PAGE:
Life Drawing
Lesson I
Gesture -- The Foundation of Figurative Art

Compare the "contour" method to the stick-start method

In a way, I am throwing you a curve here: I am introducing a comparison to this "contour drawing" to make a point. The important point I am pushing is that a loose approach to drawing increases options. Handled deftly, the stick method, above others, may lead to more options.

This gesture drawing is produced by a common, fairly standardized method known as "contour drawing." The approach is to observe and directly delineate the external contours of the form. In short order, you have a very satisfying, complete drawing.

Although apparently loose, I assert that this kind of drawing is rigid, in that it offers little fodder for further development. As a style, it is an end in itself.

But is there anything wrong with contour drawing?

Chances are, if you are a beginner, the contour drawing style feels more natural for you to do.

Knowing this, many art teachers show you this technique since they want you to feel comfortable while you learn. This technique may be advisable and enjoyable, but it can be a trap if you want to learn to build a drawing concept beyond this crystalline outline.

...It is important to caution beginners that, although less likely, rigid adherence to the stick figure method can also block your freedom to move forward after the gesture start...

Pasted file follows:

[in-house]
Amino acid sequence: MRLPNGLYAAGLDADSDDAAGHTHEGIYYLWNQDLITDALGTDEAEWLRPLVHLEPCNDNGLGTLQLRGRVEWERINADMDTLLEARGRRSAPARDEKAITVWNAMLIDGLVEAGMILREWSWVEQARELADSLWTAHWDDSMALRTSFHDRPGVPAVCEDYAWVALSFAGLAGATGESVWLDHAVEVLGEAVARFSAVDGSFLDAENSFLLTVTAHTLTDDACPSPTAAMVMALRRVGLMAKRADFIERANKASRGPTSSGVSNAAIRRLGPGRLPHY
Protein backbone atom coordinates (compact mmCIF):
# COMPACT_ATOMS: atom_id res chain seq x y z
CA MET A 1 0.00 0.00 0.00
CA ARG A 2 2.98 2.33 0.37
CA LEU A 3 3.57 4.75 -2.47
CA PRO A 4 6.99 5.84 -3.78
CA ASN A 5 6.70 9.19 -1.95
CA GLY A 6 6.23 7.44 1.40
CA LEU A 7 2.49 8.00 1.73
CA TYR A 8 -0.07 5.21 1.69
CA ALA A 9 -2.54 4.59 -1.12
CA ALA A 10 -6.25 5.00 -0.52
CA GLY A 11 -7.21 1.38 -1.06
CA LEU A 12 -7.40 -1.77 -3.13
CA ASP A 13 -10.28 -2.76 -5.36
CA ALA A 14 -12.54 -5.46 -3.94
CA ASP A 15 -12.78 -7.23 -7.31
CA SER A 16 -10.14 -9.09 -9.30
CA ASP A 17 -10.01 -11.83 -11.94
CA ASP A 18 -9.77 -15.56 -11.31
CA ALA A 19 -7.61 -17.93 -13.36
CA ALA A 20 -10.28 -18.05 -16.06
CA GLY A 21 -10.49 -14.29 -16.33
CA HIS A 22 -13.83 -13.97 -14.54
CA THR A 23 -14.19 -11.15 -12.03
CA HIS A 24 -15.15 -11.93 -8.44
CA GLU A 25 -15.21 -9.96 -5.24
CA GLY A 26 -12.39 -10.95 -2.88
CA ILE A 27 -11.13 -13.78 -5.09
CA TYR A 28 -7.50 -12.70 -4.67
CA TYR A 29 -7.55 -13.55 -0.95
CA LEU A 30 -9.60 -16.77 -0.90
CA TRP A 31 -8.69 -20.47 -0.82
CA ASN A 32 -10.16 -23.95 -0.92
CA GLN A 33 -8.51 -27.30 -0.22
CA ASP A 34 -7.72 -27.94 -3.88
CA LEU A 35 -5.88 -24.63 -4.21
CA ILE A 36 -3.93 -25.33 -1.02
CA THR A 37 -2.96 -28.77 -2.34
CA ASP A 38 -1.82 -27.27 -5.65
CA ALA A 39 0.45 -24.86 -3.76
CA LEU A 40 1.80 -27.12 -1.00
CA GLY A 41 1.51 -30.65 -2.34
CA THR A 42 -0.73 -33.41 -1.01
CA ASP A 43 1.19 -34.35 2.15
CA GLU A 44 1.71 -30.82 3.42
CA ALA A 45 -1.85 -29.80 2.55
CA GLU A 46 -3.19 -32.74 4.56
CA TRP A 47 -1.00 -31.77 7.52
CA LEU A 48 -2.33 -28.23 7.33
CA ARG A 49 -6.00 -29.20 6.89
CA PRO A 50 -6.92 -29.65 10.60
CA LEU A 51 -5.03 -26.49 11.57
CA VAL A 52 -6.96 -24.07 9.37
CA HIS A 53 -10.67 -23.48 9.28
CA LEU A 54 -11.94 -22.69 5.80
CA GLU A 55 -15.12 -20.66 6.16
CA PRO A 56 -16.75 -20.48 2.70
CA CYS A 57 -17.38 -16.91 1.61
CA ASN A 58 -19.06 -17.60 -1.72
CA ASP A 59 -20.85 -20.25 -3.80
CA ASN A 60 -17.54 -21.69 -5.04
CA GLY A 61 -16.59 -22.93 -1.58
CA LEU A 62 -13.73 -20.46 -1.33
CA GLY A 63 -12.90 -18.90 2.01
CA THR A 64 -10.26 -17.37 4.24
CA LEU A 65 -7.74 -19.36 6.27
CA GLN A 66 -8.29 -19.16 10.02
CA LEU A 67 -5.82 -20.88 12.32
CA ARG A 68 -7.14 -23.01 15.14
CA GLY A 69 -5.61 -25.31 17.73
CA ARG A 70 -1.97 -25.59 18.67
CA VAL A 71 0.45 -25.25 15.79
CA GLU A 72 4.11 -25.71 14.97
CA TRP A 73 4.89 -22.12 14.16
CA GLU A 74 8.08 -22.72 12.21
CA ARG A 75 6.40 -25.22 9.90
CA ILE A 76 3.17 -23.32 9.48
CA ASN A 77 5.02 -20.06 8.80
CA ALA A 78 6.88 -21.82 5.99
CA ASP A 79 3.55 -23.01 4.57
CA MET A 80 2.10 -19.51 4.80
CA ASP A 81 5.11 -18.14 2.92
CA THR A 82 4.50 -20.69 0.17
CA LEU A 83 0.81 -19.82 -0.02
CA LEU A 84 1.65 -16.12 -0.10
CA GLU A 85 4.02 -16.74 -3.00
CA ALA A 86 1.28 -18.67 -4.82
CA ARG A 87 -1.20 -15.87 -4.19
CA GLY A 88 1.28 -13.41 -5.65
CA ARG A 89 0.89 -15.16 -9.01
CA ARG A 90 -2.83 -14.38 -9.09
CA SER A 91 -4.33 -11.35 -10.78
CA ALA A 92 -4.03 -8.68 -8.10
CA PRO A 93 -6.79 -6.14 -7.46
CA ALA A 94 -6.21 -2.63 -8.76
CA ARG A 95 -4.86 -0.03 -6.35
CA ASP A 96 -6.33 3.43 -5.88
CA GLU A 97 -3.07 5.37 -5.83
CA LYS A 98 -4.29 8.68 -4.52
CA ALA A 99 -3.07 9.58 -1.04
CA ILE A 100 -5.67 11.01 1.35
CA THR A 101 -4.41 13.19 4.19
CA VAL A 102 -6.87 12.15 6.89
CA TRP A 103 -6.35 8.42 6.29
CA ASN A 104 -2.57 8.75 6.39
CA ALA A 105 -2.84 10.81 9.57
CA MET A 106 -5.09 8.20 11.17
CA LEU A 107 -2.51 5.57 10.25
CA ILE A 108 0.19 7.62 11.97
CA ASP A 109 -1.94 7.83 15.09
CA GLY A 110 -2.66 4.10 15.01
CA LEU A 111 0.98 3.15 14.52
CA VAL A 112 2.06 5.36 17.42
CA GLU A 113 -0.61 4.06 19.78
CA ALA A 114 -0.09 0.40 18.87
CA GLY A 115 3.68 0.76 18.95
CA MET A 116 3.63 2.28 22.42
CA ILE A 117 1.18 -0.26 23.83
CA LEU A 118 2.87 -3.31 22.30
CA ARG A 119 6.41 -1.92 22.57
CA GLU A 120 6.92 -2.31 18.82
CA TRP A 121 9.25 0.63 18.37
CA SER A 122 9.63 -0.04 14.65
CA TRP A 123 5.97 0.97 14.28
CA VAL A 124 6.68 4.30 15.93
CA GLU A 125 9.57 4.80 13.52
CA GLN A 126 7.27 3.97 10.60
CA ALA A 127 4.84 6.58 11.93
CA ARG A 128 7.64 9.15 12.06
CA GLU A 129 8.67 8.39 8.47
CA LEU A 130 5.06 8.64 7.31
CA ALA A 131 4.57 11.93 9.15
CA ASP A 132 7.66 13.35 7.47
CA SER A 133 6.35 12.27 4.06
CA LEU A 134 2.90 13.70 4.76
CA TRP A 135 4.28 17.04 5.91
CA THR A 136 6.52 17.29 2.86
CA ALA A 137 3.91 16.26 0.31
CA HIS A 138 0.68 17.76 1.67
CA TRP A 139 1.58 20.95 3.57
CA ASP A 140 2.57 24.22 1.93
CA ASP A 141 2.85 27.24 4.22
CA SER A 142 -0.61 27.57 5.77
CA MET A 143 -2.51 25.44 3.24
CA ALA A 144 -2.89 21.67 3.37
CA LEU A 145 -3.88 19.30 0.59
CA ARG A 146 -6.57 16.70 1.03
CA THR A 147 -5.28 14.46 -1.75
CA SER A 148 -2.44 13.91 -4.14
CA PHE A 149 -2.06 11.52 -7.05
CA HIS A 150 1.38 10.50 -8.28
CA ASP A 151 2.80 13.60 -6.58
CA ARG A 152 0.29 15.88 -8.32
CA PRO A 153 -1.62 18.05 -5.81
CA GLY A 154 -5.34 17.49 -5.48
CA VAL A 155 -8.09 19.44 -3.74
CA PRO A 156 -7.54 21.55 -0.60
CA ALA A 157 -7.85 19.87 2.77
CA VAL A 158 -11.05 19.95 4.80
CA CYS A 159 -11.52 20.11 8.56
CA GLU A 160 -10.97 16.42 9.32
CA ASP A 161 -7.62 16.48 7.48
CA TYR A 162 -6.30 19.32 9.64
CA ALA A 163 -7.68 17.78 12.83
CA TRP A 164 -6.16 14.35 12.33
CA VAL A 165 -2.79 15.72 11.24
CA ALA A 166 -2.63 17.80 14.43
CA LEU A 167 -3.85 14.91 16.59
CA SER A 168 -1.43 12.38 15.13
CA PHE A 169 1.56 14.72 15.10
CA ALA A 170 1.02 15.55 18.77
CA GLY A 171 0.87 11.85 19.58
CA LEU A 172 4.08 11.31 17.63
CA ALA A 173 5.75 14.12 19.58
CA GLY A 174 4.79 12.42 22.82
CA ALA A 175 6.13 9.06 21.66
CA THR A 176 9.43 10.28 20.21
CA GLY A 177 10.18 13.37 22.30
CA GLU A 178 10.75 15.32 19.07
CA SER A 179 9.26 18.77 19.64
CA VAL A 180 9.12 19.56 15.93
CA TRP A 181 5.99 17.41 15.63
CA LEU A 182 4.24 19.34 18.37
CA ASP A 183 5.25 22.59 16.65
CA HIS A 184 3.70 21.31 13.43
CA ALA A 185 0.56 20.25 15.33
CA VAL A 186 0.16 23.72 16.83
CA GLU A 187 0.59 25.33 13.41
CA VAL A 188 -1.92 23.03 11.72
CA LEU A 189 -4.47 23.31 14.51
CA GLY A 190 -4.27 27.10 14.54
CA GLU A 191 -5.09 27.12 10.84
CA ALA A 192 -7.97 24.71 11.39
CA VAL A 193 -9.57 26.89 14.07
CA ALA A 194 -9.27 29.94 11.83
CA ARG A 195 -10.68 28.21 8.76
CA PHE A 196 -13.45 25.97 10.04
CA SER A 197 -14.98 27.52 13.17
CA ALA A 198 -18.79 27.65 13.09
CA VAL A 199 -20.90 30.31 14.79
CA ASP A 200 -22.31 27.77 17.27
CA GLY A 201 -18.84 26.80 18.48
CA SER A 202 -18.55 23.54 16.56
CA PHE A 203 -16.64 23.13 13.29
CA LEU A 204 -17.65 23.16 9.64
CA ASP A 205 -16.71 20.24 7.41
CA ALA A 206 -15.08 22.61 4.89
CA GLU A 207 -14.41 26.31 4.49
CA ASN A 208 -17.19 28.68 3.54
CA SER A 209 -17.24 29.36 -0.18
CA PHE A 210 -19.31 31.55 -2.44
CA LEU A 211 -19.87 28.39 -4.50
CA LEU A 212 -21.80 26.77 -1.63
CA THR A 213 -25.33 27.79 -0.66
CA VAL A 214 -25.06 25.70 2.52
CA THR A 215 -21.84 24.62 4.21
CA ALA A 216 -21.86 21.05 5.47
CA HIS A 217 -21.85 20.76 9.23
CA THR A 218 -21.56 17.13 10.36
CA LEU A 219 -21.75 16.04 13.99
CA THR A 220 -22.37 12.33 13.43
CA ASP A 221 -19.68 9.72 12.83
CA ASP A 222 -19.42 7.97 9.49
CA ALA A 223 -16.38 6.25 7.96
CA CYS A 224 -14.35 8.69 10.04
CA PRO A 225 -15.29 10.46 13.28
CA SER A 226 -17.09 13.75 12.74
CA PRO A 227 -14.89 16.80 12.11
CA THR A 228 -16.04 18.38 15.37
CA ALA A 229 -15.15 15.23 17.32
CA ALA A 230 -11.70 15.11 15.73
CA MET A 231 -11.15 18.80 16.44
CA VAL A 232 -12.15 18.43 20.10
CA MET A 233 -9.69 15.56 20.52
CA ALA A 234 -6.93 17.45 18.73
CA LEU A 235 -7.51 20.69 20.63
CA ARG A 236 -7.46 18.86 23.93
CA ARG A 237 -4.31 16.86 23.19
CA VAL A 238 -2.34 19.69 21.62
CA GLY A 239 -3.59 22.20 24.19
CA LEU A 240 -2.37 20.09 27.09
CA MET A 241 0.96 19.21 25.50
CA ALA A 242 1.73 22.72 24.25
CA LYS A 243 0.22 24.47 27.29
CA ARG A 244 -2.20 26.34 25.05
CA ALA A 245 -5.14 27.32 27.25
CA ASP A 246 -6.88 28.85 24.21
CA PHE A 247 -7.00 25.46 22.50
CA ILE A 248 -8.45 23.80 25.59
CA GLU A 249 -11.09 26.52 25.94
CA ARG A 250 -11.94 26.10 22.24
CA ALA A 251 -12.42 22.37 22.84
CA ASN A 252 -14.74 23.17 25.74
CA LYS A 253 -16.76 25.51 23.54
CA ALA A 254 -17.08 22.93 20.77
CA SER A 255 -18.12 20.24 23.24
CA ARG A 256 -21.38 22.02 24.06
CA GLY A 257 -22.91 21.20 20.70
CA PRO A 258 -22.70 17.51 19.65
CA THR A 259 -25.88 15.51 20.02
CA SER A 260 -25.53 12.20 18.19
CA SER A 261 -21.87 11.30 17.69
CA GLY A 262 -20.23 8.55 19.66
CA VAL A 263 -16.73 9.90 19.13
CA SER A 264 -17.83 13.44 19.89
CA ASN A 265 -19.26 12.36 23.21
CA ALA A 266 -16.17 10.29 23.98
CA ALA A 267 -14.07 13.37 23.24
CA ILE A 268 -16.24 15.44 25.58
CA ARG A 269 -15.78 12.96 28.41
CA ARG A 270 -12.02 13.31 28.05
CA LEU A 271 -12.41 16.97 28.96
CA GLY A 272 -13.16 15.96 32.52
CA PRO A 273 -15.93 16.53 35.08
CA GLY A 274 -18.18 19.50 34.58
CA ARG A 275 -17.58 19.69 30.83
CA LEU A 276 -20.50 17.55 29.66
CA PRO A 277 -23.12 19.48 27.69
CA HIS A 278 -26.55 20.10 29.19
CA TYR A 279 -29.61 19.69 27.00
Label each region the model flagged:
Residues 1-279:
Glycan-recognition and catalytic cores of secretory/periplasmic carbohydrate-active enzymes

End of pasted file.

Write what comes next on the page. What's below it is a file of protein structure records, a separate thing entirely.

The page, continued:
Compare this drawing to the drawing above. Which drawing do you think leads to the most ideas for the next step, whatever that step may be? See how this drawing is taken beyond the short gesture and on is more "fleshed out" development.

Students trying the stick figure method for the first time might follow the stick figure technique strictly, as you see in this drawing.





As you get more comfortable with thinking in this technique, you can loosen up. This drawing and the one below are variations on the looser theme.











Finally, you can do a blend of approaches, like blending the contour and the stick approaches for example:




Gesture Intro Page Skeletal Foundation
Stick: The following are the key elements for organizing a "stick" figure:
The line of action Three ovals -- Head, Ribcage, Pelvis Pivot points Long bones Tilts and angles Contour center lines of front and back torso, and face
Projection and volume augmentations: While good as a foundation, the stick figure does not adequately express projection of form, volume, or relative position in space. There is more you can do to express these important factors in the posing model:
The shortcomings of the stick figure Showing projection Application of the projection concept to the stick figure Simple volume solutions Relative position in space
Loosen up: Using the stick figure foundation with the projection and volume augmentations, you can loosely organize an expressive gesture sketch:
Compare the "contour" method to the stick-start method Importance of the free-going mark The line of action and stick are construction lines Adding relationship and rhythm



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This page modified July 10, 2000
1998 by Rebecca Alzofon. All rights reserved.